AP Capstone begins its first year at DV by splitting disciplines

alf of College Board’s AP Capstone program, is being introduced to Dougherty with a unique twist: the STEM and humanities disciplines will be divided into separate classes.

AP Capstone is a new College Board program launched in 2014 with the goal of enhancing the depth of students’ learning and fostering scholarly skills. The program consists of two classes: AP Seminar, an interdisciplinary course that involves evidence evaluation from multiple perspectives and argument analysis; and AP Research, which is composed of a year-long research project on a topic of the student’s choosing. If a student passes the AP exams for both classes in addition to four other AP exams, they will receive a Capstone Diploma.

Dougherty Valley is now one of the 650 total high schools participating in the program, having introduced AP Seminar to its course list this year. It is one of two philosophies in the district, with the other being Monte Vista High School.

As the foundational course, AP Seminar is meant to be taken by sophomores or juniors so they have the opportunity of completing the program; as this is the first year, Dougherty has both juniors and seniors taking the course.

However, unlike most schools that have one AP Seminar curriculum, Dougherty Valley has made the decision to split the class between STEM and humanities.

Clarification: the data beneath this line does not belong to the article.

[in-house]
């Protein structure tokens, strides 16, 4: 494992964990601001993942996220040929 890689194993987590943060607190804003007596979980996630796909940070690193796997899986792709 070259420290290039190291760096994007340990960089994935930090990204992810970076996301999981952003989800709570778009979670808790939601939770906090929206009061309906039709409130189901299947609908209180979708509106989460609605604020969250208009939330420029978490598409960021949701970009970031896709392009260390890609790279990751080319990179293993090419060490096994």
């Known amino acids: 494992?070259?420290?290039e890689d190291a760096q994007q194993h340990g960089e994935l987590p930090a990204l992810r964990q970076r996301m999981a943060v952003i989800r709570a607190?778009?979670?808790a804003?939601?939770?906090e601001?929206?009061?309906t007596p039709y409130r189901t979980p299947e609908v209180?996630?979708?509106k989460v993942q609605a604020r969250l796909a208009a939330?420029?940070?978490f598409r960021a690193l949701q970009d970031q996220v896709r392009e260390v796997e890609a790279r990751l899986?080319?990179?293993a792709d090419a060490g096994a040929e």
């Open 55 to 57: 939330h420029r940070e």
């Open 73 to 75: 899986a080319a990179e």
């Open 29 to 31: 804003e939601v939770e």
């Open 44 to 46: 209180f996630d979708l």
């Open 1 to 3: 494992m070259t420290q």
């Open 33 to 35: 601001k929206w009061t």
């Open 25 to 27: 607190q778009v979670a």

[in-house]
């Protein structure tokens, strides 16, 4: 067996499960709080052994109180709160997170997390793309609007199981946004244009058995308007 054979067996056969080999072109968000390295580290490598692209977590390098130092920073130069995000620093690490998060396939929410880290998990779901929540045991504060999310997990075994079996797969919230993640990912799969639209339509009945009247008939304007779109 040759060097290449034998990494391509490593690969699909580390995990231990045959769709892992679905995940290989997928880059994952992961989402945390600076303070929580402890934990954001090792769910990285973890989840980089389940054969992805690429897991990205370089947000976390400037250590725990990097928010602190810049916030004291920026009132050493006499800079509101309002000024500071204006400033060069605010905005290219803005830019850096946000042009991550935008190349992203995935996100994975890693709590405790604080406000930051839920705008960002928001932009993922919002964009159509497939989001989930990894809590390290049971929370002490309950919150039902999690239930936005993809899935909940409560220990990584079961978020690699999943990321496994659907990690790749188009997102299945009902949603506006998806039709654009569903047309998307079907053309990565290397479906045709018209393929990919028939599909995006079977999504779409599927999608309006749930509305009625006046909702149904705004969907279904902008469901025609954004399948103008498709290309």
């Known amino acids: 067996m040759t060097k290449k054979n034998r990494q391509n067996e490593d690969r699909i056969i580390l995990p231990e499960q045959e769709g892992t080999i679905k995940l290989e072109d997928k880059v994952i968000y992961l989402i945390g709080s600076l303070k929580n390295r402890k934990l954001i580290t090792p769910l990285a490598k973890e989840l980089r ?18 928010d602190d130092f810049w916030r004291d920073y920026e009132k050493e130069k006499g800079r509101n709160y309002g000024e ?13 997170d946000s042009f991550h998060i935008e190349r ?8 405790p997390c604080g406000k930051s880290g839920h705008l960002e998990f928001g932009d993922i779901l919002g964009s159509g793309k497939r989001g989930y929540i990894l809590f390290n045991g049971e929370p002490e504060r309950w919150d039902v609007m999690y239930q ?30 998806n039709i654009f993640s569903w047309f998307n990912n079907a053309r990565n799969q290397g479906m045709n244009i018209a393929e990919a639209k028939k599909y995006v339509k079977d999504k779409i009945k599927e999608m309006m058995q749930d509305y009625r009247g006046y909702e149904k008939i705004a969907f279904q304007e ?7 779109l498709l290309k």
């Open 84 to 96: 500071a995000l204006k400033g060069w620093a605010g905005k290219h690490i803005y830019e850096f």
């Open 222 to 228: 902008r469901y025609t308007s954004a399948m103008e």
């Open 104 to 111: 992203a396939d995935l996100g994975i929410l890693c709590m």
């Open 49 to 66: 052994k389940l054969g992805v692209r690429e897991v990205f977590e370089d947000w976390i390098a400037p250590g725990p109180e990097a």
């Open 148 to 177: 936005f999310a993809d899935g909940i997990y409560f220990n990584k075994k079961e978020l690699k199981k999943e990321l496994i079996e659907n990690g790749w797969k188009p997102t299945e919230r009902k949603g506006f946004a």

Counselor Jessica Coulson explains that “this was to better enhance the learning experience of our students and allow them to delve into topics they care about.”

Most students have reacted positively to the choice to split. Senior Manaal Shafi, who is in the AP Seminar humanities class, stated that she took the class in the interest of preparing for college and her future, and is enjoying the split because “Dougherty usually focuses on STEM, so it’s nice to explore humanities.”

Several students have expressed concerns over being placed in the wrong discipline, but AP Seminar STEM teacher Alicia Kerr explains that this is not a dealbreaker because “all topics can be looked at from different lenses. For example, we’re looking at infectious diseases right now, which obviously has a scientific part. But, there is also a human part to it, and you can study it from that lens.”

Despite their difference in academic fields, the classes are alike in that they are meant to develop academic skills. To do this, the course has no strict curriculum. Rather, it explores themes throughout the year and works to develop scholarly skills.

Students and teachers alike are fans of the autonomy that this curriculum uniquely provides. Senior Victoria Mostovoy describes it as an “extended fishbowl” due to its heavy emphasis on class discussion and student involvement.

AP Seminar humanities teacher Mrs. Kathleen MacDougall compliments the course for being “well-structured and logical” in addition to expressing her excitement for the course’s “autonomous and student-driven content.”

Regardless of the unorthodox decision to split disciplines, AP Capstone seems to have made a good first impression on Dougherty, and is here to stay. Mrs. McDougall explains that “AP Capstone is actually made for all students. The goal is that even if students don’t want to take AP [classes], they can take this program.”

With similar sentiments, junior Rahul Reddy, an AP Seminar humanities student, expresses that “if you ever take an AP class, this should be it.”